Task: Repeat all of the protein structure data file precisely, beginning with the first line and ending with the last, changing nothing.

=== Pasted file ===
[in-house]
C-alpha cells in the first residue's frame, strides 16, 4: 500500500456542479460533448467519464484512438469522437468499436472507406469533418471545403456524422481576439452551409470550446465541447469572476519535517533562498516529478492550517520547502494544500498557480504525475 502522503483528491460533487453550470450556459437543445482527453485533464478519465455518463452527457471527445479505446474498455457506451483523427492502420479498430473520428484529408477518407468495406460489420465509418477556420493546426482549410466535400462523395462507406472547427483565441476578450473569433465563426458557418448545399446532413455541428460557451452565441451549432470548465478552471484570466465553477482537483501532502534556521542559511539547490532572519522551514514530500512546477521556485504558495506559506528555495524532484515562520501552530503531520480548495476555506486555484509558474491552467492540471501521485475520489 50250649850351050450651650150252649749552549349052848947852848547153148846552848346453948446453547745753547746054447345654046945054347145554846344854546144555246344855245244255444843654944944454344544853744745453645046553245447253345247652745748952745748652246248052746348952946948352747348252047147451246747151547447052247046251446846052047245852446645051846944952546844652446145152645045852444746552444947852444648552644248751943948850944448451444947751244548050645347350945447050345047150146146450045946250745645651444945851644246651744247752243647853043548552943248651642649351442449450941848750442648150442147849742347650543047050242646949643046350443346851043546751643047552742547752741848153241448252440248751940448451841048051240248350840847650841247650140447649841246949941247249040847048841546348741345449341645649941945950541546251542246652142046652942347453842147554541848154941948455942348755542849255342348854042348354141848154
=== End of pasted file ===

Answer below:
[in-house]
C-alpha cells in the first residue's frame, strides 16, 4: 500500500456542479460533448467519464484512438469522437468499436472507406469533418471545403456524422481576439452551409470550446465541447469572476519535517533562498516529478492550517520547502494544500498557480504525475 502522503483528491460533487453550470450556459437543445482527453485533464478519465455518463452527457471527445479505446474498455457506451483523427492502420479498430473520428484529408477518407468495406460489420465509418477556420493546426482549410466535400462523395462507406472547427483565441476578450473569433465563426458557418448545399446532413455541428460557451452565441451549432470548465478552471484570466465553477482537483501532502534556521542559511539547490532572519522551514514530500512546477521556485504558495506559506528555495524532484515562520501552530503531520480548495476555506486555484509558474491552467492540471501521485475520489 50250649850351050450651650150252649749552549349052848947852848547153148846552848346453948446453547745753547746054447345654046945054347145554846344854546144555246344855245244255444843654944944454344544853744745453645046553245447253345247652745748952745748652246248052746348952946948352747348252047147451246747151547447052247046251446846052047245852446645051846944952546844652446145152645045852444746552444947852444648552644248751943948850944448451444947751244548050645347350945447050345047150146146450045946250745645651444945851644246651744247752243647853043548552943248651642649351442449450941848750442648150442147849742347650543047050242646949643046350443346851043546751643047552742547752741848153241448252440248751940448451841048051240248350840847650841247650140447649841246949941247249040847048841546348741345449341645649941945950541546251542246652142046652942347453842147554541848154941948455942348755542849255342348854042348354141848154